Microalgae producer Cyanotech recorded a record $7.2 million in sales in the third quarter, an 8% rise year-over-year. Net income declined, however, coming at at $607,000 compared to $1.1 million a year earlier.
“Demand in the third quarter was strong with net sales at an all-time record. The growth is in the strategic areas we have identified as priorities and is driven by our increased sales and marketing spending,” said Brent Bailey, President and CEO of Cyanotech.
Among the company’s brands that showed strong results were Nutrex Mainland, with 49% growth, Nutrex Hawaii, up 30% and online Nutrex sales, up 96%. In addition, international bulk sales rose 73%.
The company showed strong growth in its packaged products segment, which accounted for 43% of revenue, Bailey said. In particular, astaxanthin sales were up.
“Astaxanthin overall is continuing to gain awareness and recognition, aided by such factors as Dr. Oz and many other mentions,” Cyanotech spokesman Bruce Russell told NutraIngredients-USA. “Our marketing program is moving along strongly, as is our focus on our own branded products sold at retail and direct to the consumer online.”
Production costs, legal fees up
Bailey noted a few drags on the overall positive report.
Marketing costs were up because of increased advertising, promotional events and web support to drive the packaged products business. In addition the company instituted a new Scientific Advisory Board.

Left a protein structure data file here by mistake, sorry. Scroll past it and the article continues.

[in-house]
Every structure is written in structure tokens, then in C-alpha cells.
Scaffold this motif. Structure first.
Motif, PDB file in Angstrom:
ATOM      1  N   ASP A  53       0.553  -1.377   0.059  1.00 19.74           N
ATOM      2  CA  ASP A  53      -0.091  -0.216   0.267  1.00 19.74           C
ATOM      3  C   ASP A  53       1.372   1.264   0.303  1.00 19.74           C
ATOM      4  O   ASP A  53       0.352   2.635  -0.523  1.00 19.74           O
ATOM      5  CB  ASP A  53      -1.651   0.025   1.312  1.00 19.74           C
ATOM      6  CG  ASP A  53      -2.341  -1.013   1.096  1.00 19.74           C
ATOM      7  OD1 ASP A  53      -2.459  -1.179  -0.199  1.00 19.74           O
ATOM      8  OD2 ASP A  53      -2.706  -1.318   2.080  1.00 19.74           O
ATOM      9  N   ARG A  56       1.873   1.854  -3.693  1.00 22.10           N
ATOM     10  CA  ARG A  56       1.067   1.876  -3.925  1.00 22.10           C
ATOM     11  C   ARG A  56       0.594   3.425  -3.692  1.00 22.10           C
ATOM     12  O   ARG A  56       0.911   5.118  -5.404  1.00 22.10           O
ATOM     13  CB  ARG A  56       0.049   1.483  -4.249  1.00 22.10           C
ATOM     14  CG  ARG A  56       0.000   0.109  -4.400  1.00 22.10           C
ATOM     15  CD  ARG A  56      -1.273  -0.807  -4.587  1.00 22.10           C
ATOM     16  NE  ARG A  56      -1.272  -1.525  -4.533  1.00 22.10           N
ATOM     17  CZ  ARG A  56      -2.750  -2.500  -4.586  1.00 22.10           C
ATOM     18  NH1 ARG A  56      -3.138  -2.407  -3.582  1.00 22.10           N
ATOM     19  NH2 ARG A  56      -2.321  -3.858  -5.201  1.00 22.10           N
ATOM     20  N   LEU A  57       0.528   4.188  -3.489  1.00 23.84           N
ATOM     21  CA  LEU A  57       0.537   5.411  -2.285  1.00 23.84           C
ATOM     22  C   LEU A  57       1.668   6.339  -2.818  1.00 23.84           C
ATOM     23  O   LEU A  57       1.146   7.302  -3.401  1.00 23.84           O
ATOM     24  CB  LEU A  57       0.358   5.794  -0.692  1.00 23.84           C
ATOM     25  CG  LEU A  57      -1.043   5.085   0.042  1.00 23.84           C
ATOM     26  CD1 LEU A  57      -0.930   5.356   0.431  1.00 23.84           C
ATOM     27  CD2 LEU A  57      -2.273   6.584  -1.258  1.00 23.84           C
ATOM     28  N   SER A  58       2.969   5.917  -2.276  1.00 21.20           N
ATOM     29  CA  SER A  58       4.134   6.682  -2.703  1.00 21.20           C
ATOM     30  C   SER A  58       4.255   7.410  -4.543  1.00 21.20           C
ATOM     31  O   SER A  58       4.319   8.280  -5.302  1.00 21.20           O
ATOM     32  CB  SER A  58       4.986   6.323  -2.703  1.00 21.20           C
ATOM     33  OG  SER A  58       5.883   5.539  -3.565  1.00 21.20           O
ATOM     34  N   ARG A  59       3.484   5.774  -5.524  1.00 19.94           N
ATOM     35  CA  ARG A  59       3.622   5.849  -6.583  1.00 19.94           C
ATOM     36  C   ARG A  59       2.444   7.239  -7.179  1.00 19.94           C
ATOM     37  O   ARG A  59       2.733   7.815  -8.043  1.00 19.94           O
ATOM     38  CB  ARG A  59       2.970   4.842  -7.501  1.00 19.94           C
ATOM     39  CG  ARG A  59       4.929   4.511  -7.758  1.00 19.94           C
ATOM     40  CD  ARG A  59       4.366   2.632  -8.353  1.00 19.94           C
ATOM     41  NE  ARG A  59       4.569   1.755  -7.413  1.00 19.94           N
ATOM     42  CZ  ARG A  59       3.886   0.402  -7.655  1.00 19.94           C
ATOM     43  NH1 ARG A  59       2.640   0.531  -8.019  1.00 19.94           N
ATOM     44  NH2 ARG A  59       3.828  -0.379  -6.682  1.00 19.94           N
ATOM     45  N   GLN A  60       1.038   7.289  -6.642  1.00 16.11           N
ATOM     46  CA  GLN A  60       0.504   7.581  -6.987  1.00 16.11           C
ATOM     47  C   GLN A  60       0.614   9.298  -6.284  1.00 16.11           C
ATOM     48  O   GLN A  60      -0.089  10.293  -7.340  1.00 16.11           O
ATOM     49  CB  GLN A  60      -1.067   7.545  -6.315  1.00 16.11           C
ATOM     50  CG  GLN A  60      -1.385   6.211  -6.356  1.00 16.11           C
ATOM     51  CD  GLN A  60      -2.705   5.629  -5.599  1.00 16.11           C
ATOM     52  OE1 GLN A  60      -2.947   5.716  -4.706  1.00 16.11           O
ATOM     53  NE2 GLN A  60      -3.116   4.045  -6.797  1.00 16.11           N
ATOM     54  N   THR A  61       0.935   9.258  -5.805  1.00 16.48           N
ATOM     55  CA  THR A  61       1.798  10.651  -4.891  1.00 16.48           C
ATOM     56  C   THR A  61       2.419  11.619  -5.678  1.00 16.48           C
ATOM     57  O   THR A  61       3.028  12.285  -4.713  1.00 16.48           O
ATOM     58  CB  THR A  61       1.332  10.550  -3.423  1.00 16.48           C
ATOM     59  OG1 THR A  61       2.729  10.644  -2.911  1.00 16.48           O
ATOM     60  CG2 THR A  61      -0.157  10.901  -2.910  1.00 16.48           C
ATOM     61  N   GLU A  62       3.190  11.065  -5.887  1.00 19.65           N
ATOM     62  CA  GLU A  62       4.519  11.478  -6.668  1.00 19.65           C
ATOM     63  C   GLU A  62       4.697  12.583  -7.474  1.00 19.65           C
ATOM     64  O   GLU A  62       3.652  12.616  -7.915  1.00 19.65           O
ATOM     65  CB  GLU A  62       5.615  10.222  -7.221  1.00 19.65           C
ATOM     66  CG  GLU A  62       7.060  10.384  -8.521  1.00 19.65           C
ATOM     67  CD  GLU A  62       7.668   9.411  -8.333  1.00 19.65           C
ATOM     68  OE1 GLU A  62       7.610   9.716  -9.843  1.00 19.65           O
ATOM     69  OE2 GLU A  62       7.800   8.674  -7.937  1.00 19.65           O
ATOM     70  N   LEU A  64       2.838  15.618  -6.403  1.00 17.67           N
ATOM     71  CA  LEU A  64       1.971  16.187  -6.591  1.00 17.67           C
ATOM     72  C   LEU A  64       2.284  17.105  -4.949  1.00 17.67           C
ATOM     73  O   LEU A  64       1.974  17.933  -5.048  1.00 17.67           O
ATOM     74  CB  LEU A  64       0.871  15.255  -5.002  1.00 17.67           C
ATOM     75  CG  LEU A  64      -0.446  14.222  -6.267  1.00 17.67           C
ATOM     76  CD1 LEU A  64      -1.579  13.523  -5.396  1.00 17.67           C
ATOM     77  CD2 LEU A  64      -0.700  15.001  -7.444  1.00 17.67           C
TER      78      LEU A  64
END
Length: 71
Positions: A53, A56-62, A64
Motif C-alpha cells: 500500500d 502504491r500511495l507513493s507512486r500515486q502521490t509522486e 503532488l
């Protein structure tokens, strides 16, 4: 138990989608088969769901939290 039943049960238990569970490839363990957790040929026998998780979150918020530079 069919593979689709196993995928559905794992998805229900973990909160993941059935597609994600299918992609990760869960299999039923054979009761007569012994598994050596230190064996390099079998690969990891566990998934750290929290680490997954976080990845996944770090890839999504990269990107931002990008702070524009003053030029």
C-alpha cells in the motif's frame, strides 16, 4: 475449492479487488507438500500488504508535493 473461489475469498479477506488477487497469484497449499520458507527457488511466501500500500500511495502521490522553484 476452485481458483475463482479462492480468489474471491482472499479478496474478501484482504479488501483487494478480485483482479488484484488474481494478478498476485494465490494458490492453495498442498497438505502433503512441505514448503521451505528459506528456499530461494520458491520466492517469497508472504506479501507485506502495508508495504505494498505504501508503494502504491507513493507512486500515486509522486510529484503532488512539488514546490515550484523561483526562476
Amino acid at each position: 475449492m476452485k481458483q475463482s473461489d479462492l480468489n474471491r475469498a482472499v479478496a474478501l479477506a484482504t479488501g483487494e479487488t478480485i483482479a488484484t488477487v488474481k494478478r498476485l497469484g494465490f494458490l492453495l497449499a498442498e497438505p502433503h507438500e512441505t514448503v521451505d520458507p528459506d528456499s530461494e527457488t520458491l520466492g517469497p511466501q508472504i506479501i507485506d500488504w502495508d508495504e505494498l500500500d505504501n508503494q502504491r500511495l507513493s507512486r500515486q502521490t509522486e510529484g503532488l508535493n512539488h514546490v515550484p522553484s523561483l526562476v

Another drag was increased legal fees. Cyanotech has been embroiled in a contractual dispute with Valensa and its parent company, India-based Parry Nutraceuticals. Most of the increased feeds related to this issue, Russell said.
Issues surrounding spirulina production at the company’s Kona, Hawaii facility was a third drag on the overall picture. Spirulina yields were down and costs were up, and it is a reminder that chemical processing efficiencies are one of the key metrics in the algae sector.
“It's an issue with smaller-size spirulina not being captured in the harvest of a pond and surviving to generate more smaller spirulina in the next growing cycle. We are working on several fronts including altering the harvesting technique and lengthening the growing period, among others. It's a matter of fine-tuning the micro-algae cultivation,” Russell said.
For the first nine months of fiscal 2013 compared to the same period in fiscal 2012, Cyanotech’s revenues were $20.7 million compared to $18.6 million, an increase of 11%. Gross profit was $8.3 million with gross profit margin of 40%, compared to gross profit of $7.7 million and gross profit margin of 41%. Net income was $1.6 million or $0.28 per diluted share, compared to net income of $2.5 million or $0.45 per diluted share.
In the past year, Cyanotech’s share price has declined from $11.35 on March 14, 2012 to $4.77 at the start of trading on Feb. 13, 2013.